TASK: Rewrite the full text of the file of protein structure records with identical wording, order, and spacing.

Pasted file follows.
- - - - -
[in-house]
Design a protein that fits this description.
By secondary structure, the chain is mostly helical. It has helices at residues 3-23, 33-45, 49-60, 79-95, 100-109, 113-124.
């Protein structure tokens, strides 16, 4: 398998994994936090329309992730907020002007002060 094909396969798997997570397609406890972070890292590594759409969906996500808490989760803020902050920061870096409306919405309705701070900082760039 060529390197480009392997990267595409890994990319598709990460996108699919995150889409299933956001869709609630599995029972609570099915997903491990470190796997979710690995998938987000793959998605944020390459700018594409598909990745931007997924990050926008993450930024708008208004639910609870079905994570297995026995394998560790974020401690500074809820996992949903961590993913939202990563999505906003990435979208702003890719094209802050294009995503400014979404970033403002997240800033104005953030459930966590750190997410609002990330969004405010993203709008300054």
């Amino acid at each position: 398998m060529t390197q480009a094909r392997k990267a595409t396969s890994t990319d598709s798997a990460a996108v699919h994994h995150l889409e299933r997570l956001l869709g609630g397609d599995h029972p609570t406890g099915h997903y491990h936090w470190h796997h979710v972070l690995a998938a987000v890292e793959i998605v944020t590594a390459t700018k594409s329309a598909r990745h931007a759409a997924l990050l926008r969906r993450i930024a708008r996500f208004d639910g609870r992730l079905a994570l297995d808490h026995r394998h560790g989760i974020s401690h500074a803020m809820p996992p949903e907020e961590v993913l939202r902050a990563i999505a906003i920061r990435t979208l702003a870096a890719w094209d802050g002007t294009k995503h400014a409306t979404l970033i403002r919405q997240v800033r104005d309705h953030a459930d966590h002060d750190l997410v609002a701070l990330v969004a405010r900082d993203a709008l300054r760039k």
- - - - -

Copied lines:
[in-house]
Design a protein that fits this description.
By secondary structure, the chain is mostly helical. It has helices at residues 3-23, 33-45, 49-60, 79-95, 100-109, 113-124.
């Protein structure tokens, strides 16, 4: 398998994994936090329309992730907020002007002060 094909396969798997997570397609406890972070890292590594759409969906996500808490989760803020902050920061870096409306919405309705701070900082760039 060529390197480009392997990267595409890994990319598709990460996108699919995150889409299933956001869709609630599995029972609570099915997903491990470190796997979710690995998938987000793959998605944020390459700018594409598909990745931007997924990050926008993450930024708008208004639910609870079905994570297995026995394998560790974020401690500074809820996992949903961590993913939202990563999505906003990435979208702003890719094209802050294009995503400014979404970033403002997240800033104005953030459930966590750190997410609002990330969004405010993203709008300054």
């Amino acid at each position: 398998m060529t390197q480009a094909r392997k990267a595409t396969s890994t990319d598709s798997a990460a996108v699919h994994h995150l889409e299933r997570l956001l869709g609630g397609d599995h029972p609570t406890g099915h997903y491990h936090w470190h796997h979710v972070l690995a998938a987000v890292e793959i998605v944020t590594a390459t700018k594409s329309a598909r990745h931007a759409a997924l990050l926008r969906r993450i930024a708008r996500f208004d639910g609870r992730l079905a994570l297995d808490h026995r394998h560790g989760i974020s401690h500074a803020m809820p996992p949903e907020e961590v993913l939202r902050a990563i999505a906003i920061r990435t979208l702003a870096a890719w094209d802050g002007t294009k995503h400014a409306t979404l970033i403002r919405q997240v800033r104005d309705h953030a459930d966590h002060d750190l997410v609002a701070l990330v969004a405010r900082d993203a709008l300054r760039k």